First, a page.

Crisis Management- What is Your Communications Plan?
In the past I have commented on crisis management and the tools needed to handle such crisis in today’s business environment. Failure to properly handle a crisis may lead to the business closing its doors as in the picture to the left. Of course what companies are finding out is that international crisis are harder to handle than domestic ones. Why? In today’s world, many companies do business internationally. Because of international considerations, an international crisis is harder to manage than a domestic crisis. As it is more complex, companies caught up in an international crisis have to pay more attention to international, cultural, and communication issues than they would in a purely domestic scenario. Cross-border crisis management has become very important. Therefore, an international crisis requires a number of steps, including:
The principle focus of any crisis management strategy, especially in an international contest, is communications. All crisis management plans call for effective crisis communications, which many times are not always executed. Inadequate or failed communications lead to bad publicity, unhappy stakeholders, and potential disaster. An effective crisis communication strategy is necessary for any international crisis. A number of companies failed to defuse an international crisis because of poor communications. Or for lack of better words, a failed communciations strategy.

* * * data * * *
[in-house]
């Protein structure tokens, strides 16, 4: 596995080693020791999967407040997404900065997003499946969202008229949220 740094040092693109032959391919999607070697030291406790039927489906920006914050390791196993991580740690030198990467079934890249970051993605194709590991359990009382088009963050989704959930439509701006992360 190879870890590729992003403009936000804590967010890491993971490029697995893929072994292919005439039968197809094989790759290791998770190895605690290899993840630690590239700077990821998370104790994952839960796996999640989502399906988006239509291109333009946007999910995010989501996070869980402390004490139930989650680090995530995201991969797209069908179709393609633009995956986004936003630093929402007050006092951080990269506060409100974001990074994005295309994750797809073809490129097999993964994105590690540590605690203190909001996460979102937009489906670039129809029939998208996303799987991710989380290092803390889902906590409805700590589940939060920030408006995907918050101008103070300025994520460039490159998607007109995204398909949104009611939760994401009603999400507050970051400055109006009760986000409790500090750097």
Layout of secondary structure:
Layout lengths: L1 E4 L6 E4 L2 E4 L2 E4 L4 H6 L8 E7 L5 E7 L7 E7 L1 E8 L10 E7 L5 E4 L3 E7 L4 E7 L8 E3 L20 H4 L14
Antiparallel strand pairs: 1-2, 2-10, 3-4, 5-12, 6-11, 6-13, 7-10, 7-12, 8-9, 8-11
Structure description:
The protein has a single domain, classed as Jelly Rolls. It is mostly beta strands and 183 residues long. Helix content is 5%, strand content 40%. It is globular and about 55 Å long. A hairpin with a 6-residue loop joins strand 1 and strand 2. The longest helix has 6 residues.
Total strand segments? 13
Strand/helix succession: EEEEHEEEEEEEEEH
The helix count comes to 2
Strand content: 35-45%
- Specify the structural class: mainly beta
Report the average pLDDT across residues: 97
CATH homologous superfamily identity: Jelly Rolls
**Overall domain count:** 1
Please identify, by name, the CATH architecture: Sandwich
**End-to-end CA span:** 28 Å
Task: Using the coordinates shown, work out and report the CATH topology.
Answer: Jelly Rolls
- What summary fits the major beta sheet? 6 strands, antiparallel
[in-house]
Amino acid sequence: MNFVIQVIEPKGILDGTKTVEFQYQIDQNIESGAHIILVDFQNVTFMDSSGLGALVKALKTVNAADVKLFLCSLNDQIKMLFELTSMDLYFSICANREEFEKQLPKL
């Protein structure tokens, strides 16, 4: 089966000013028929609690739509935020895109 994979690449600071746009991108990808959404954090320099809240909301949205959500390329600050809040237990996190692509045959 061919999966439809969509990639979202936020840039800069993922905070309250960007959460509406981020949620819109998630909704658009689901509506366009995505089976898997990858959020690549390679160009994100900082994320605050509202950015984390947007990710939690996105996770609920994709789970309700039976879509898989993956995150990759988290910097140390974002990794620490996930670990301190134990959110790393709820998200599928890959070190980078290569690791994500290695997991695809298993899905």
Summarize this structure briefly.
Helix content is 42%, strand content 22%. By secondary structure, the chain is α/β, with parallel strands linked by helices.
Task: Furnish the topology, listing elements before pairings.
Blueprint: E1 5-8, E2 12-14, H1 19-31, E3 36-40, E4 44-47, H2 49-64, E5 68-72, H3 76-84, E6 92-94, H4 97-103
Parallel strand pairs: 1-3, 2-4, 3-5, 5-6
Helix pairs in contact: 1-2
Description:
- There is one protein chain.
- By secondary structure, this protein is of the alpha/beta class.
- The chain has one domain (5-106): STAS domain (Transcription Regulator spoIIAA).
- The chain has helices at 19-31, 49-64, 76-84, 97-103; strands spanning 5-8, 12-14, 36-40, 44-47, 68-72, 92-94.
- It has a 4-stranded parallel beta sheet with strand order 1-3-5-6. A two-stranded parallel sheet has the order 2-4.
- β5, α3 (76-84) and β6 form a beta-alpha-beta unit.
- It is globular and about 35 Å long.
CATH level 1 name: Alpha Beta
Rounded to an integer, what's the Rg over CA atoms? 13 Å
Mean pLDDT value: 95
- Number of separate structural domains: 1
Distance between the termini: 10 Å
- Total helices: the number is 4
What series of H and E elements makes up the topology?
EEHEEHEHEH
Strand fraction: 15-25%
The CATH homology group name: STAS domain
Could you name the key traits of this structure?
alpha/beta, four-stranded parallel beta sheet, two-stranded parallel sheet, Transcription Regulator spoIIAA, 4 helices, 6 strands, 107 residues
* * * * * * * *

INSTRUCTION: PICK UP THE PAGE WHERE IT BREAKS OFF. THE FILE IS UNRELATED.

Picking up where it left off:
Look at some of the crisis in the past which were not defused properly because of a lack of attention to communication- Toyota, perhaps being one of the more recent. Though Toyota spent time and money to find out the issue surrounding the brake issue, its failure to communicate in a timely fashion lost the goodwill of many customers and hurt the brand. An effective crisis communication strategy is necessary when dealing with an international crisis.
A number of processes are need to implement an effective crisis communication strategy to manage an international crisis, including:
Though companies try and resolve the crisis at hand and spend significant sums of money to do so, if they fail to properly communicate to the media and the public, they in effect have lost and can expect outrage and consumer dissatisfaction to such an extent that the very existence of the company can be threatened. This is particularly so for cross boarder crisis as the failure to manage international communications can lead to cultural issues which play out in the press or on social media. So remember, a company doing business internationally has to plan for an eventual crisis which may pose a potential threat to the company. If it fails to handle communications properly, it faces not only a potential loss of business but a negative impact on its brand and unintended consequences.